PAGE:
A limit problem without the use of a Taylor series expansion

Homework Statement:

This is a famous problem of limit.
Lim ((1+x)^(1/x)-e+ex/2)/x^2 where x tends to 0.

We can easily solve it with taylor expansion but i want to solve it without using taylor expansion.Is there a way?

Relevant Equations:

Taylor expansion
I tried substituting x=cos2theta but it was of no use.I thought many ways but i could not make 0/0 form.So please help.

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fresh_42
Mentor
Can you type this in LaTeX so that the function can be read more easily? See https://www.physicsforums.com/help/latexhelp/ for how it is done. I have read ##\lim_{x\to 0} \dfrac{(1+x)^{\frac{1}{x}}-e-e\cdot \frac{x}{2}}{x^2}## but I'm not sure. Have you tried L'Hôpital?

Can you type this in LaTeX so that the function can be read more easily? See https://www.physicsforums.com/help/latexhelp/ for how it is done. I have read ##\lim_{x\to 0} \dfrac{(1+x)^{\frac{1}{x}}-e-e\cdot \frac{x}{2}}{x^2}## but I'm not sure. Have you tried L'Hôpital?
Yes you have taken it correct.I think we cannot apply L' Hospital since 1^infinity is there and therefore no 0/0 or infinity/infinity form.

fresh_42
Mentor
And why isn't it simply ##-\infty##?
##\lim_{x\to 0} \dfrac{(1+x)^{\frac{1}{x}}-e-e\cdot \frac{x}{2}}{x^2}=
\lim_{x\to 0} \dfrac{e-e-e\cdot \frac{x}{2}}{x^2} =
\lim_{x\to 0} \dfrac{-e}{2x}##

And why isn't it simply ##-\infty##?
##\lim_{x\to 0} \dfrac{(1+x)^{\frac{1}{x}}-e-e\cdot \frac{x}{2}}{x^2}=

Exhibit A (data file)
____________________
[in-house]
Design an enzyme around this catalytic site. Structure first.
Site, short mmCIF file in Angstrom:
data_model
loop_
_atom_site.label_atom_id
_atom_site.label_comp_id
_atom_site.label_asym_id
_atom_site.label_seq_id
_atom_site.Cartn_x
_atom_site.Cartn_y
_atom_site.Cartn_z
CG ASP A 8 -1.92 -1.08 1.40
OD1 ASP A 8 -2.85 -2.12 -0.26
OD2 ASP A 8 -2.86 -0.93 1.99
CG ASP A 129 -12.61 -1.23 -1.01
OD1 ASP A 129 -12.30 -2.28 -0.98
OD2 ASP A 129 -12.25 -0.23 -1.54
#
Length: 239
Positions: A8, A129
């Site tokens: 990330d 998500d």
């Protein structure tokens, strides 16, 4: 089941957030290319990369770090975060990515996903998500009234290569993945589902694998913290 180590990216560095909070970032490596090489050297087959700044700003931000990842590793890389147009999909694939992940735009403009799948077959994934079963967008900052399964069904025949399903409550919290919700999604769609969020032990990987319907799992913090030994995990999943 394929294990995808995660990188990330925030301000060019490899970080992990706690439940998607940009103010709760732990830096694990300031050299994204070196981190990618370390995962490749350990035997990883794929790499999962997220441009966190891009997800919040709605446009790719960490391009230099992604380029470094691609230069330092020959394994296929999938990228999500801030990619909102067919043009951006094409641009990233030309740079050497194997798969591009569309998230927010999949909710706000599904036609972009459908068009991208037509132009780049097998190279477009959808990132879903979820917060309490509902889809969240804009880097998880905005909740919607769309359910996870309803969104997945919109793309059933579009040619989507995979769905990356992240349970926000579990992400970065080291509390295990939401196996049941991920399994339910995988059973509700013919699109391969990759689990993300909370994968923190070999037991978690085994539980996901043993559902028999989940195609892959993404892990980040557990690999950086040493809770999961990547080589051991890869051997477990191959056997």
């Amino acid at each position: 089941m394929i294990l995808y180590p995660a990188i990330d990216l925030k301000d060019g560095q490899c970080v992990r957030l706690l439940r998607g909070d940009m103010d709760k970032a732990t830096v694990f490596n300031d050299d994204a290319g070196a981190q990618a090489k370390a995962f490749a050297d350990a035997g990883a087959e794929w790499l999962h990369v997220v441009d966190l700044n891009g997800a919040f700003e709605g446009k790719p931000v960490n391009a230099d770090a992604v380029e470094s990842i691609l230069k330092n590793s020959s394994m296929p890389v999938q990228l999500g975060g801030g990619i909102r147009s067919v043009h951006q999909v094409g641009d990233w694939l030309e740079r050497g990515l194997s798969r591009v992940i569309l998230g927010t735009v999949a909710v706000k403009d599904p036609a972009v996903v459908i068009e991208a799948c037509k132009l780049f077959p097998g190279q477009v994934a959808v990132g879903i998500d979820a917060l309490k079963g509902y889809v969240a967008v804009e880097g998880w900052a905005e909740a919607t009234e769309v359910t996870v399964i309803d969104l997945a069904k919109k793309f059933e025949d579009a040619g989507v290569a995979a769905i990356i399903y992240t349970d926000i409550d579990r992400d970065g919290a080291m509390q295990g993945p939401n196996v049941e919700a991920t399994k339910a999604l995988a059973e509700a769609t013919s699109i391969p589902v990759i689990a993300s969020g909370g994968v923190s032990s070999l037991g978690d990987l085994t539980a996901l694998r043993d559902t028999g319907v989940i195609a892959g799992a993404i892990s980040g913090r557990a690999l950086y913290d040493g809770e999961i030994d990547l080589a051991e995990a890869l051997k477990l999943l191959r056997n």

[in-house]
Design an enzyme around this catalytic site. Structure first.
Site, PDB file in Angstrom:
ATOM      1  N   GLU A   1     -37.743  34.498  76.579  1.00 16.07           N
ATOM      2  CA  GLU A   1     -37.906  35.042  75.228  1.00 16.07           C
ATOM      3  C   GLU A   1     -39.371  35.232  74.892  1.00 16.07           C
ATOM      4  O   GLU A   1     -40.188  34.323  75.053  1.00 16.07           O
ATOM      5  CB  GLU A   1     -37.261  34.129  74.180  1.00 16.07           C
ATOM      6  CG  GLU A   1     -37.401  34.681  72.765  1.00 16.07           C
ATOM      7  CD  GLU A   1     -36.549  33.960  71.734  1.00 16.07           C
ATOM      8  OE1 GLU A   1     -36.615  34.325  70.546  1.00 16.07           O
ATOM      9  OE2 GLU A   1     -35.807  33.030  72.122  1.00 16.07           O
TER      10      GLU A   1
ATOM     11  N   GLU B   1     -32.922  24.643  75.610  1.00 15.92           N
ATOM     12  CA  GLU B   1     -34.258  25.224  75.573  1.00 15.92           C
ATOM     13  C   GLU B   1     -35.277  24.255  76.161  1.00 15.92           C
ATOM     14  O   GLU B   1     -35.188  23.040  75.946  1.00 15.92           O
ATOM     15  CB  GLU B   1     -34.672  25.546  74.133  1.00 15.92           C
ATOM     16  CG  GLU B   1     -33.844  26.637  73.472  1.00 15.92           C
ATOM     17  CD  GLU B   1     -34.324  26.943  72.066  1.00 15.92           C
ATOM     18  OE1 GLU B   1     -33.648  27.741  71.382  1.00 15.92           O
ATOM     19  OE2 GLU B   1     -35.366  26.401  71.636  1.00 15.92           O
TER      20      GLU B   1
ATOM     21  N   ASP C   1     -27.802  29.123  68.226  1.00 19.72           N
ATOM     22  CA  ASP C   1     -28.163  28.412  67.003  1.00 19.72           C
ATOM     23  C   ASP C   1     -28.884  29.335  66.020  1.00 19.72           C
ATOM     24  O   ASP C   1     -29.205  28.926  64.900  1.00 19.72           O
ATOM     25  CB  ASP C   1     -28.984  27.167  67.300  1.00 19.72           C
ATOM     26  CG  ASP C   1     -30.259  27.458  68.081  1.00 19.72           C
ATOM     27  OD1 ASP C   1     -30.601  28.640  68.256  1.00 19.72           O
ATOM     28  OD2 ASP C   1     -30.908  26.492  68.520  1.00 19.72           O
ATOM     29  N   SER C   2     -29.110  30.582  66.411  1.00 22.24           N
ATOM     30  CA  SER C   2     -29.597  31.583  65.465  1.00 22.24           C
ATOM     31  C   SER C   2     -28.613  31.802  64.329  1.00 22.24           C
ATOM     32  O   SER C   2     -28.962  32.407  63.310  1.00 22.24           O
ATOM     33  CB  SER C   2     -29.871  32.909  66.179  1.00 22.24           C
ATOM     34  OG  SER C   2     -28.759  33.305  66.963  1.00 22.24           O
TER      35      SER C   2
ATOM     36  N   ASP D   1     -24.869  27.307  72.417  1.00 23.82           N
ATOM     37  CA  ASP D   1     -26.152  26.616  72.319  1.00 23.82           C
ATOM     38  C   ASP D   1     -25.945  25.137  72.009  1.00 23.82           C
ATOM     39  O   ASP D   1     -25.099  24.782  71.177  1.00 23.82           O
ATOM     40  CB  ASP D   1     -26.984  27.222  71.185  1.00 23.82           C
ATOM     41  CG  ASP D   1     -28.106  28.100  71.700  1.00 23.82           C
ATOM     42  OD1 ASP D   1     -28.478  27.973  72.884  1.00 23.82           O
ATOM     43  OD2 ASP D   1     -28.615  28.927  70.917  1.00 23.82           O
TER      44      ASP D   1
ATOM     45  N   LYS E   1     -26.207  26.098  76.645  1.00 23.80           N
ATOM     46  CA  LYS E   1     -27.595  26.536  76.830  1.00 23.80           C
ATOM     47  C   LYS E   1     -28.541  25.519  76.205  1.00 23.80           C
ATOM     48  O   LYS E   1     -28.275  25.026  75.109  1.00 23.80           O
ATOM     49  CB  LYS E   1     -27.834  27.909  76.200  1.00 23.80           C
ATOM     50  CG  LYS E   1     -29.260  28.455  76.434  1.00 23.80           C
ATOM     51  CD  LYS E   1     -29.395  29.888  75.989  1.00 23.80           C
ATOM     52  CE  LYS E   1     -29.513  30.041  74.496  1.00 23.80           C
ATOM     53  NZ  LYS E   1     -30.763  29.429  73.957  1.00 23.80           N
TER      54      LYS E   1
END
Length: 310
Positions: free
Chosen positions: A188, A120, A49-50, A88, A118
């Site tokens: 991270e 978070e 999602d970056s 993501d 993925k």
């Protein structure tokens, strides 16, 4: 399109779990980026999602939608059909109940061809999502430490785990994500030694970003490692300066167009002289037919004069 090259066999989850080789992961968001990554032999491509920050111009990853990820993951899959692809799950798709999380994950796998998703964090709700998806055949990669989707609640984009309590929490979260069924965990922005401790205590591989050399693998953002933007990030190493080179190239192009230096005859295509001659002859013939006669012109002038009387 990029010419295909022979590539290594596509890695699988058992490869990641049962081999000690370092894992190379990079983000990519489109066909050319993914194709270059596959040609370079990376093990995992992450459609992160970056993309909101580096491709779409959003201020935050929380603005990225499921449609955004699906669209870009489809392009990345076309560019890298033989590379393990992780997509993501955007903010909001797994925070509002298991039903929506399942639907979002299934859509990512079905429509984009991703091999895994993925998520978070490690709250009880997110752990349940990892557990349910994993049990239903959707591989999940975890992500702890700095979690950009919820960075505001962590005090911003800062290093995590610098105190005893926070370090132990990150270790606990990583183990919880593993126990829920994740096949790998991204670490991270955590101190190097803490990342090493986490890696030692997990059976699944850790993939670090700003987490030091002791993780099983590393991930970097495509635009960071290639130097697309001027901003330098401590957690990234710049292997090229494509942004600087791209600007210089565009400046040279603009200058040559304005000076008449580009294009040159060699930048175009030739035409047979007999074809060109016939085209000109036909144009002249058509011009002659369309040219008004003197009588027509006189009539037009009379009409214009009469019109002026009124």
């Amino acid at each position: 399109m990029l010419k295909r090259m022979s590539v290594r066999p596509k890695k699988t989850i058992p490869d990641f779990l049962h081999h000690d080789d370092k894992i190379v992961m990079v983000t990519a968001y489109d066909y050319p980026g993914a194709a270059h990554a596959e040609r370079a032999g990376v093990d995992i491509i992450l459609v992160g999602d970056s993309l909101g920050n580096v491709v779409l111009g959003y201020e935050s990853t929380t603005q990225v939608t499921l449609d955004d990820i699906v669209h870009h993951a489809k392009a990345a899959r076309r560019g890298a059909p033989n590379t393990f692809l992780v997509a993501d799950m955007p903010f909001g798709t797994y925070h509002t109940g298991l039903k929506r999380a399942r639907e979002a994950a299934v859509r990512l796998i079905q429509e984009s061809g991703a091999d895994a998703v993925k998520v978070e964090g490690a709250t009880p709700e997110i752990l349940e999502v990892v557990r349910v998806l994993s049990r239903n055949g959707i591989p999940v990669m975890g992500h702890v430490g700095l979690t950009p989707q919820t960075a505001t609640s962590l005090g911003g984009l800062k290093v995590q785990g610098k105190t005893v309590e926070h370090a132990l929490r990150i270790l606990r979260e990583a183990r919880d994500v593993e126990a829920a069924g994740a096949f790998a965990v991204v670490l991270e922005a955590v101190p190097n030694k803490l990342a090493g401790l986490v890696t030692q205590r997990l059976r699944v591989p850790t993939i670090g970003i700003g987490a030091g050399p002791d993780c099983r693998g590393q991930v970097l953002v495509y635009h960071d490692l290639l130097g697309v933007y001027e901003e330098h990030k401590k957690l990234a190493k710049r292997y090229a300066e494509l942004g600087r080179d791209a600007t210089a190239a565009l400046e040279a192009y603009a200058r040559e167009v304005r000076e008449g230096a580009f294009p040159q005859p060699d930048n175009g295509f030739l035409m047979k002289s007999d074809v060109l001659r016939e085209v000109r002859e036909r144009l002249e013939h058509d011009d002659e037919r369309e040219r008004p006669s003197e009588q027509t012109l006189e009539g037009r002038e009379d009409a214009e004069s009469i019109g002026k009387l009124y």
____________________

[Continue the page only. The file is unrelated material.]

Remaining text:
\lim_{x\to 0} \dfrac{e-e-e\cdot \frac{x}{2}}{x^2} =
\lim_{x\to 0} \dfrac{-e}{2x}##
So will L'Hospital work here.

fresh_42
Mentor
I haven't used L'Hôpital, only that ##\lim_{x \to 0} (x+1)^{\frac{1}{x}} =e##. I think that is a bit cheating, as I ignored the denominator, so it has to be shown formally that ##\lim_{x\to 0} \dfrac{(x+1)^{\frac{1}{x}}-e}{x^2}=0## by whatever method.

I tried L'Hospital but it is becoming complicated.

I haven't used L'Hôpital, only that ##\lim_{x \to 0} (x+1)^{\frac{1}{x}} =e##. I think that is a bit cheating, as I ignored the denominator, so it has to be shown formally that ##\lim_{x\to 0} \dfrac{(x+1)^{\frac{1}{x}}-e}{x^2}=0## by whatever method.

fresh_42
Mentor
This is because I made a sign error in post #2 which you confirmed in post #3. Please use LaTeX next time. Seems we cannot simplify ##(1+x)^{1/x}=e## in the limit. I had such a feeling. In this case I would try L'Hôpital, but Taylor is easier.

This is because I made a sign error in post #2 which you confirmed in post #3. Please use LaTeX next time. Seems we cannot simplify ##(1+x)^{1/x}=e## in the limit. I had such a feeling. In this case I would try L'Hôpital, but Taylor is easier.